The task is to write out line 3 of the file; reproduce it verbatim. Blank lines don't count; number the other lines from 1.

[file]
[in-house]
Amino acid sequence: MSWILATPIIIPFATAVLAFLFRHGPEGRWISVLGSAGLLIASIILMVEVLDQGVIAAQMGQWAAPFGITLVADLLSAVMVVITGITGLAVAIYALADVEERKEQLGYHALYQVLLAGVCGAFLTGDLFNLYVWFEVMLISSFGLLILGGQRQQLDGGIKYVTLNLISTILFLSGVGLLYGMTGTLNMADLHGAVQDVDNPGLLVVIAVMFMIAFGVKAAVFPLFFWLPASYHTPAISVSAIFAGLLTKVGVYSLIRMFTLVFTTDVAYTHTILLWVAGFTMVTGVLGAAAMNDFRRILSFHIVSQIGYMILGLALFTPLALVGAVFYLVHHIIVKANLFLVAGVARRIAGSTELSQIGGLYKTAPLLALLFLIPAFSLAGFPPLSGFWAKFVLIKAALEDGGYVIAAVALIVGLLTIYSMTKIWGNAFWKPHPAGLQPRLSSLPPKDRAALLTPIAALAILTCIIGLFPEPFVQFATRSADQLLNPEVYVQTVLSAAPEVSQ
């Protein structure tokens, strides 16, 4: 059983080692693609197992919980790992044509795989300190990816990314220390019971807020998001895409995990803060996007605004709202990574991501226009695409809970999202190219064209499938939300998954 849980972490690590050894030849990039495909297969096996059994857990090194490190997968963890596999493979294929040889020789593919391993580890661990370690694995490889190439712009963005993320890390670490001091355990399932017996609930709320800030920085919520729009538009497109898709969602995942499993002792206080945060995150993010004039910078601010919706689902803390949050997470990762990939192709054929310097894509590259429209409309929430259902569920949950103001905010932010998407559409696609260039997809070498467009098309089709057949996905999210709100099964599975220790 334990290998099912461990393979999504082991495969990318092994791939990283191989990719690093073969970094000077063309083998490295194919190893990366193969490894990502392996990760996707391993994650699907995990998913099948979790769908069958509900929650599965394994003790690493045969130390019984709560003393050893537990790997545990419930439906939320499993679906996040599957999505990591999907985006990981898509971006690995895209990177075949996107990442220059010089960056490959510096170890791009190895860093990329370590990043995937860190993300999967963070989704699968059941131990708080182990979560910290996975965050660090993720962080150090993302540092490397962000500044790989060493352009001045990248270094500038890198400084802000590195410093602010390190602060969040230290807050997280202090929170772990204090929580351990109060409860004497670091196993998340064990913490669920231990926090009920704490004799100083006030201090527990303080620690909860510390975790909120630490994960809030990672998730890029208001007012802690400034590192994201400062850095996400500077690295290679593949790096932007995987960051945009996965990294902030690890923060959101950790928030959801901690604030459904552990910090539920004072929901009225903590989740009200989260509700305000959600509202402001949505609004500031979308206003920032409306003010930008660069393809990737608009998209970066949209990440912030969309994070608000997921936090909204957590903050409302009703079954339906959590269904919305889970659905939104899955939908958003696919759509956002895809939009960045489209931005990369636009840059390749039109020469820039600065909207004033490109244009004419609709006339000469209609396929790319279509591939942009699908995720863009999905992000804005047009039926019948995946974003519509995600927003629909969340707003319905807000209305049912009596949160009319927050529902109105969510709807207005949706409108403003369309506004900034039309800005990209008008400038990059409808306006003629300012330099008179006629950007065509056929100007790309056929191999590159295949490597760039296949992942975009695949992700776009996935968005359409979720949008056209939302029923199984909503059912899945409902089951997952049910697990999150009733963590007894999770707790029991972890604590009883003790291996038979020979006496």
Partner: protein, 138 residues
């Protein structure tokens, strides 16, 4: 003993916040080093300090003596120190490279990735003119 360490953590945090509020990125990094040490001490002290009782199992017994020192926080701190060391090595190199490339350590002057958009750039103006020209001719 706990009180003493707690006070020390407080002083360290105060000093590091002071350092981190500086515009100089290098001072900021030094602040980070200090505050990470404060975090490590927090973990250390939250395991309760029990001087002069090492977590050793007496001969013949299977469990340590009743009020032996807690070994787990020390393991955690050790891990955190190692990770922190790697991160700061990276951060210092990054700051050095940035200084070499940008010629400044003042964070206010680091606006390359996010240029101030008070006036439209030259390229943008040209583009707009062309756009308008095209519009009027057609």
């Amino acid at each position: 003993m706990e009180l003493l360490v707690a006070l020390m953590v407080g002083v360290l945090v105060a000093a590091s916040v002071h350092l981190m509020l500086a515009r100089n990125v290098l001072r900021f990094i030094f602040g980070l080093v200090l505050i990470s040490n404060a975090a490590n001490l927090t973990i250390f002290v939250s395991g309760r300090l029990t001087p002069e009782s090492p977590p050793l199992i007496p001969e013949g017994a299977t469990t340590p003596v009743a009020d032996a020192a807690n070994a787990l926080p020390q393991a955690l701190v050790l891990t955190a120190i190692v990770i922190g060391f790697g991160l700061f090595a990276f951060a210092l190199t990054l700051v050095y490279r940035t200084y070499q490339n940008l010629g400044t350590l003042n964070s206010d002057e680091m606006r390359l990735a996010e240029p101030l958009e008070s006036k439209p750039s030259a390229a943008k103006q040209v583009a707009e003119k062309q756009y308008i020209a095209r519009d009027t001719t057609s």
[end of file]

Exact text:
């Protein structure tokens, strides 16, 4: 059983080692693609197992919980790992044509795989300190990816990314220390019971807020998001895409995990803060996007605004709202990574991501226009695409809970999202190219064209499938939300998954 849980972490690590050894030849990039495909297969096996059994857990090194490190997968963890596999493979294929040889020789593919391993580890661990370690694995490889190439712009963005993320890390670490001091355990399932017996609930709320800030920085919520729009538009497109898709969602995942499993002792206080945060995150993010004039910078601010919706689902803390949050997470990762990939192709054929310097894509590259429209409309929430259902569920949950103001905010932010998407559409696609260039997809070498467009098309089709057949996905999210709100099964599975220790 334990290998099912461990393979999504082991495969990318092994791939990283191989990719690093073969970094000077063309083998490295194919190893990366193969490894990502392996990760996707391993994650699907995990998913099948979790769908069958509900929650599965394994003790690493045969130390019984709560003393050893537990790997545990419930439906939320499993679906996040599957999505990591999907985006990981898509971006690995895209990177075949996107990442220059010089960056490959510096170890791009190895860093990329370590990043995937860190993300999967963070989704699968059941131990708080182990979560910290996975965050660090993720962080150090993302540092490397962000500044790989060493352009001045990248270094500038890198400084802000590195410093602010390190602060969040230290807050997280202090929170772990204090929580351990109060409860004497670091196993998340064990913490669920231990926090009920704490004799100083006030201090527990303080620690909860510390975790909120630490994960809030990672998730890029208001007012802690400034590192994201400062850095996400500077690295290679593949790096932007995987960051945009996965990294902030690890923060959101950790928030959801901690604030459904552990910090539920004072929901009225903590989740009200989260509700305000959600509202402001949505609004500031979308206003920032409306003010930008660069393809990737608009998209970066949209990440912030969309994070608000997921936090909204957590903050409302009703079954339906959590269904919305889970659905939104899955939908958003696919759509956002895809939009960045489209931005990369636009840059390749039109020469820039600065909207004033490109244009004419609709006339000469209609396929790319279509591939942009699908995720863009999905992000804005047009039926019948995946974003519509995600927003629909969340707003319905807000209305049912009596949160009319927050529902109105969510709807207005949706409108403003369309506004900034039309800005990209008008400038990059409808306006003629300012330099008179006629950007065509056929100007790309056929191999590159295949490597760039296949992942975009695949992700776009996935968005359409979720949008056209939302029923199984909503059912899945409902089951997952049910697990999150009733963590007894999770707790029991972890604590009883003790291996038979020979006496």